My husband has never left work to take care of things for my daughter. I handle things when it comes to her. Or I ask her father to help out. When he can't help out I ask my parents or my sister.
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progressandjoy
by Silver Member on Mar. 14, 2013 at 12:25 PM

I do think they should be treated the same.

 

DH doesn’t have (and never had) much flexibility. How did he do it before me? He had an excellent babysitter. Before we got married we talked about what would happen in the event the babysitter moved on. I knew that I’d need to be the one that had the flexibility. DH is established in his job, and is paid well. I’m still working on starting my career (I’m still a student).

 

I actually quit a job because they wouldn’t give me any flexibility. The pay was wonderful (for a low wage service job) and I got plenty of hours, but in a full week I only saw SS for nine hours and DH for sixteen. When I asked ‘can I work a morning shift’ or ‘can I work less’ I was told no because so-and-so needed to work mornings and have every weekend off so they could spend time with their ‘real kids’.

casseopeia
by on Mar. 14, 2013 at 12:25 PM

It's probably not the step vs bio kids.  It's the effing economy and cut-throat business climate that we have now.  Your employer is just using the fact that they are not your natural children as an excuse.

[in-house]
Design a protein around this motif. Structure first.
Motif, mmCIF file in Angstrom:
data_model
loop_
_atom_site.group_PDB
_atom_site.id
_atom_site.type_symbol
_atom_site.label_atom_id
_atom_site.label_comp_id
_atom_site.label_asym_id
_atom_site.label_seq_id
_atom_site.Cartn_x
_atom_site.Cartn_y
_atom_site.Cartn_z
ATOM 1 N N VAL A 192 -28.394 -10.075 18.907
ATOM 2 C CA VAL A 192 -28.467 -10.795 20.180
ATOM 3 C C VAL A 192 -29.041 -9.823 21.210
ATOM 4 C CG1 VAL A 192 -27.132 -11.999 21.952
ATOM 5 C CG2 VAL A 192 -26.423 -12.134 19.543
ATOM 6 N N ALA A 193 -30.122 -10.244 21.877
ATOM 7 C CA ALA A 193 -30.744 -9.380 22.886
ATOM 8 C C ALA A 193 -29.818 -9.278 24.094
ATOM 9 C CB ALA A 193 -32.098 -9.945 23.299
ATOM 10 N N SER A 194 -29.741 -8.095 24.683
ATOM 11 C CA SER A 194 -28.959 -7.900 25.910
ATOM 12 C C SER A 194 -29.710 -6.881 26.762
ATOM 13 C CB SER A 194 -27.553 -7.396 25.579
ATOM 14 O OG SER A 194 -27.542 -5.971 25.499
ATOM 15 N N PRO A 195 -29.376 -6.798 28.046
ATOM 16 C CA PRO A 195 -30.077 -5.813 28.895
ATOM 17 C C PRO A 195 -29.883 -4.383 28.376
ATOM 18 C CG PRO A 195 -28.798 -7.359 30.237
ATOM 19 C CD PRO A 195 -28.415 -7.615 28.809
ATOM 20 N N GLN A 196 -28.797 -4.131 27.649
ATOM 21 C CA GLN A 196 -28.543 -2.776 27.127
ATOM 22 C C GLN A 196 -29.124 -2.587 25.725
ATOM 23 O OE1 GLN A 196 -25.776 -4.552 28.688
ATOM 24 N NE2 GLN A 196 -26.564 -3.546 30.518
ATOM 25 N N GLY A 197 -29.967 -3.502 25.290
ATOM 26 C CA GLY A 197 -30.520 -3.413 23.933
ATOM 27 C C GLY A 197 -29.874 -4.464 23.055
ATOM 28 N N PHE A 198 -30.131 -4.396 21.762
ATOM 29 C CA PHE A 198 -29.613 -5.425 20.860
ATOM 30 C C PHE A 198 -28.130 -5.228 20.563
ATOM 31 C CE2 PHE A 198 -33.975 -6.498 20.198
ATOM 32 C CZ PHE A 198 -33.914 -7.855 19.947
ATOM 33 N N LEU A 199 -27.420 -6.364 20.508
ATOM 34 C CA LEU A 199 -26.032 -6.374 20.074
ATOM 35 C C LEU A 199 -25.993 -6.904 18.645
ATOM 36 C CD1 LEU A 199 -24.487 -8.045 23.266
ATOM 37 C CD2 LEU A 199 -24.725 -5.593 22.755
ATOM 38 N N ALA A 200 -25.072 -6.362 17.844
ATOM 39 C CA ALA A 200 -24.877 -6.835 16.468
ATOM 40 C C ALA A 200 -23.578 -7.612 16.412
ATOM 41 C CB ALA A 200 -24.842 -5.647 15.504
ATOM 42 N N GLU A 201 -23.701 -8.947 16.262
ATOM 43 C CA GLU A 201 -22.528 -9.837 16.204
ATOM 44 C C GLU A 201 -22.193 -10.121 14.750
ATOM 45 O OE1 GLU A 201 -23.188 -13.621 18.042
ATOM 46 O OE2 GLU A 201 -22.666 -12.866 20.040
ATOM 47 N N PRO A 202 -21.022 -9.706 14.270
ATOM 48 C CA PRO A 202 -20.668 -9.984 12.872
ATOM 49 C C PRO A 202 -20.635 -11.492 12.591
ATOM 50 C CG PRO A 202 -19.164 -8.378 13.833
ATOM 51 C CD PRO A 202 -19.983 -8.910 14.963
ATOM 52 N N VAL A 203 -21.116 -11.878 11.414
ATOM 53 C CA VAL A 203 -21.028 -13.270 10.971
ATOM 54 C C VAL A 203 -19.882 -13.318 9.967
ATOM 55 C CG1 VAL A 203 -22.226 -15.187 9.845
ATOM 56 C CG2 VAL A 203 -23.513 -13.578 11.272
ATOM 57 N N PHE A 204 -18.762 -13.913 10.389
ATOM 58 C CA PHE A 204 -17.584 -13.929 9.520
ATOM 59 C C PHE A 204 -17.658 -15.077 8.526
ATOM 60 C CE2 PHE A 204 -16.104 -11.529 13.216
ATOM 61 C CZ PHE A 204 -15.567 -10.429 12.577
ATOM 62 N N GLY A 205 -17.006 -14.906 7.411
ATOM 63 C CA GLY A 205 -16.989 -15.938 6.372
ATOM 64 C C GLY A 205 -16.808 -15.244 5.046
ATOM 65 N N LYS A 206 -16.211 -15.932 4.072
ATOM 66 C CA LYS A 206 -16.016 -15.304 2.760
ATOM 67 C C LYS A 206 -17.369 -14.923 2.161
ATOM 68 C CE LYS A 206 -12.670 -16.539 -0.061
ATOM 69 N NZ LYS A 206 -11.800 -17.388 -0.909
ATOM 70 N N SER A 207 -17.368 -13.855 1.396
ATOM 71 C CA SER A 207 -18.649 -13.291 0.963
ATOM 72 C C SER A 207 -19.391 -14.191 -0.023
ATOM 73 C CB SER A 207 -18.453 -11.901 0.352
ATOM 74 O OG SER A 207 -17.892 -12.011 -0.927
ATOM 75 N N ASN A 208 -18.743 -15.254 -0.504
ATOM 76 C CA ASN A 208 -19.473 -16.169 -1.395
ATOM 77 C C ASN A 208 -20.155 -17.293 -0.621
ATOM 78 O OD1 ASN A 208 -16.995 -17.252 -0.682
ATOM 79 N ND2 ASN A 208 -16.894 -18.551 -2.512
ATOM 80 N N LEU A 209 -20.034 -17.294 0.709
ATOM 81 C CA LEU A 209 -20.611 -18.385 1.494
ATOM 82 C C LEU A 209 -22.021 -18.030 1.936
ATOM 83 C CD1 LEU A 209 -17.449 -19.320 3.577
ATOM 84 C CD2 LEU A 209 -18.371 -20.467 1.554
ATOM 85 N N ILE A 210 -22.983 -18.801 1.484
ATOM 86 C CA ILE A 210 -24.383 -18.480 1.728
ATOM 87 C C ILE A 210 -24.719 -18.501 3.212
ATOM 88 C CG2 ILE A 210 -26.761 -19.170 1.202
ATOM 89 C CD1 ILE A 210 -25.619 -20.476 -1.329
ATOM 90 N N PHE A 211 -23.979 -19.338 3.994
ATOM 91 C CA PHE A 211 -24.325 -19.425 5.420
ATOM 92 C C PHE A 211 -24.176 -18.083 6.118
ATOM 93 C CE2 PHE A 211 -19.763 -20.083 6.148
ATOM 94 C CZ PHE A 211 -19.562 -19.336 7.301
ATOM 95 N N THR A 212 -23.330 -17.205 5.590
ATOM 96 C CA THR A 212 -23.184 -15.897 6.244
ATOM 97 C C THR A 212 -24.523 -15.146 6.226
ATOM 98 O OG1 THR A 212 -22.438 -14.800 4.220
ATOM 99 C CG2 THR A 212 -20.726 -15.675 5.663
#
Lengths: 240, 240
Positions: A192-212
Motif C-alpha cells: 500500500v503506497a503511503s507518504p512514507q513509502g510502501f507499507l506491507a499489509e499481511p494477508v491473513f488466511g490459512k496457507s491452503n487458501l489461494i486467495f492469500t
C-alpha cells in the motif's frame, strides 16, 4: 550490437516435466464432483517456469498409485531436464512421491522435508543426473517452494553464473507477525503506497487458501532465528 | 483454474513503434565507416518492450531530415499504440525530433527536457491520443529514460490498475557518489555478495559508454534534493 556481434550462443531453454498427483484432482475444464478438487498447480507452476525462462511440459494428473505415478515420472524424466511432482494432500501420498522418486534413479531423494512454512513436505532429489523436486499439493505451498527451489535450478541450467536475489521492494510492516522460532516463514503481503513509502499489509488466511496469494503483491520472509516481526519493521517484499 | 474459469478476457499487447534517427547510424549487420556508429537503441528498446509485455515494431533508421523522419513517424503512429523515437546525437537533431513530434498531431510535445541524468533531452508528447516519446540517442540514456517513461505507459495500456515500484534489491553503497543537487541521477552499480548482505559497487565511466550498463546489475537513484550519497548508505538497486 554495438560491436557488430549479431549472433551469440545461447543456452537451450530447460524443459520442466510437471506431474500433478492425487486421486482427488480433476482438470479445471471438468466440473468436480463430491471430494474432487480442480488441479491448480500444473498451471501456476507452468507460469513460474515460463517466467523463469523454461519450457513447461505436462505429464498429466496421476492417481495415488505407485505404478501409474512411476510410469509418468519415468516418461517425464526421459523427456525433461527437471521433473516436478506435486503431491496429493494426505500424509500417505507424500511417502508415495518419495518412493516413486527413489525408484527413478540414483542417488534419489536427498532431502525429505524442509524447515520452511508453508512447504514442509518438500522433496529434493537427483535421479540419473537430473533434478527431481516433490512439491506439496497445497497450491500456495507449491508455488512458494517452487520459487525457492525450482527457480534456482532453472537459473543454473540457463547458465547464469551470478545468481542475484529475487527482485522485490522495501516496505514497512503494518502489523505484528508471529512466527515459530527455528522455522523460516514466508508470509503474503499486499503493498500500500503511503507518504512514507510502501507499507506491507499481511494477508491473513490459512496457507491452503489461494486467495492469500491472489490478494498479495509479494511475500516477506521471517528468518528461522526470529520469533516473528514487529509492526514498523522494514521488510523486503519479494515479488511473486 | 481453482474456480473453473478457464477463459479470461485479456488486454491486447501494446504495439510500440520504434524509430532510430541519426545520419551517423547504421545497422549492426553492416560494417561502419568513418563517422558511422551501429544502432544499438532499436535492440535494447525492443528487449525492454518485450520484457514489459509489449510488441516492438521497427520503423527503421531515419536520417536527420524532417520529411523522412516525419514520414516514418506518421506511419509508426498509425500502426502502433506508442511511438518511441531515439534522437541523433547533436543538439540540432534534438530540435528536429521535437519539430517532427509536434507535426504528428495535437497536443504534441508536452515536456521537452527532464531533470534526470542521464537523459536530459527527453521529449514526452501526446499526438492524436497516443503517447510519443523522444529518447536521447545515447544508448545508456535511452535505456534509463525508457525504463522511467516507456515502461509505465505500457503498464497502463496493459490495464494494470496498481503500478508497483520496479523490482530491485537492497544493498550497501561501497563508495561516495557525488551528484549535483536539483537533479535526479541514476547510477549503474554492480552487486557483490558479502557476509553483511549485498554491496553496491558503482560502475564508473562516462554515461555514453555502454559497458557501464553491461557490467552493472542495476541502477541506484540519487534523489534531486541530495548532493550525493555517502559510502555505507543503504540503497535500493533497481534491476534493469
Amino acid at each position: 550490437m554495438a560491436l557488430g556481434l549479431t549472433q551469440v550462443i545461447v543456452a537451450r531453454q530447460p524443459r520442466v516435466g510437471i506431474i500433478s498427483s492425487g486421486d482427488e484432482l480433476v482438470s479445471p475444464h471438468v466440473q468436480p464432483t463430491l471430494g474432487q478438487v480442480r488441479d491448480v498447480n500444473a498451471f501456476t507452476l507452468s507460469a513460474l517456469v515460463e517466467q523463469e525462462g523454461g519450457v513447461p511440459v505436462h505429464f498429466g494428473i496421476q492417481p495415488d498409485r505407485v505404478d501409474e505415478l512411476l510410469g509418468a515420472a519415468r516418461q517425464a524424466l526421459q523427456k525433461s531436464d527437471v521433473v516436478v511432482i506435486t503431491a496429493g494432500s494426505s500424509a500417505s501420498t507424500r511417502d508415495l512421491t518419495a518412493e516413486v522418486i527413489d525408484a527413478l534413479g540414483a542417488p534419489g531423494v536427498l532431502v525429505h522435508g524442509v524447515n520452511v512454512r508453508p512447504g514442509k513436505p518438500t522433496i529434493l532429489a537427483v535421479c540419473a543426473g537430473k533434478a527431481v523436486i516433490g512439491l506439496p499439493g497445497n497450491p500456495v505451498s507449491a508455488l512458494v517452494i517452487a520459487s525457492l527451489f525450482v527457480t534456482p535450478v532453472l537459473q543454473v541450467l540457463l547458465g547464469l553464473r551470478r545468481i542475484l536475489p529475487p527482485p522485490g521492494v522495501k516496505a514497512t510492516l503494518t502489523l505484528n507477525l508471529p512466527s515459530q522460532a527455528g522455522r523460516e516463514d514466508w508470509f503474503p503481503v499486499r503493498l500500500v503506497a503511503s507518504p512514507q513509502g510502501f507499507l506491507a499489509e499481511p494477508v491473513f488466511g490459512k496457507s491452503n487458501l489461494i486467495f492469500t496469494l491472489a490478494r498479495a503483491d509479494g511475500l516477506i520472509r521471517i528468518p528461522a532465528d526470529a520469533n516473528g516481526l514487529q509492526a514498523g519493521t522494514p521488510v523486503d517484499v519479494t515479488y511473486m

What do they do with adoptive parents?

LovingMy2x4
by on Mar. 14, 2013 at 12:25 PM

I think that all depends. I have 2 kids of my own, so a majority of my "personal time" has been reserved for them. But just recently, both BM and SO now have jobs where taking off is nearly impossible. If it were something my youngest SD, I would take off for her. She's still at that age and I would hate for her to not have anybody there. If it were an important doctors appointment, I would do that as well. I've left to pick them up from school sick before, but thats been the extent of it. 

Lucky for me, I work for my step-father :)

I dont think bosses should judge you for what you use your time for. If you have an extra day available and you want to use it to do something at your skids school, thats your business. 

leegirl_jm
by Ruby Member on Mar. 14, 2013 at 12:43 PM
2 moms liked this

This reminds me of the recent talk about actions taken by the Yahoo CEO and statements by the Facebook COO about mothers in the work place. I don't think parents/ stepparents should be accorded any special flexibility because they chose to have children, I think flexiblity should be allowed for all or none.

LovingMy2x4
by on Mar. 14, 2013 at 12:47 PM

Oh if you worked for my company you would hate my boss. But I do agree with you. I think all employees should get equal time off, and the bosses shouldnt question what the employee is using that time for. 

With that being said, I was hired under the conditions that I would work from home when needed and that my schedule would be very flexible so that I could be there for my kids. Not everyone at the company likes this, but this was the deal I made with my step-father when he hired me. Basically, I do what I want but I dont take advantage.

Quoting leegirl_jm:

This reminds me of the recent talk about actions taken by the Yahoo CEO and statements by the Facebook COO about mothers in the work place. I don't think parents/ stepparents should be accorded any special flexibility because they chose to have children, I think flexiblity should be allowed for all or none.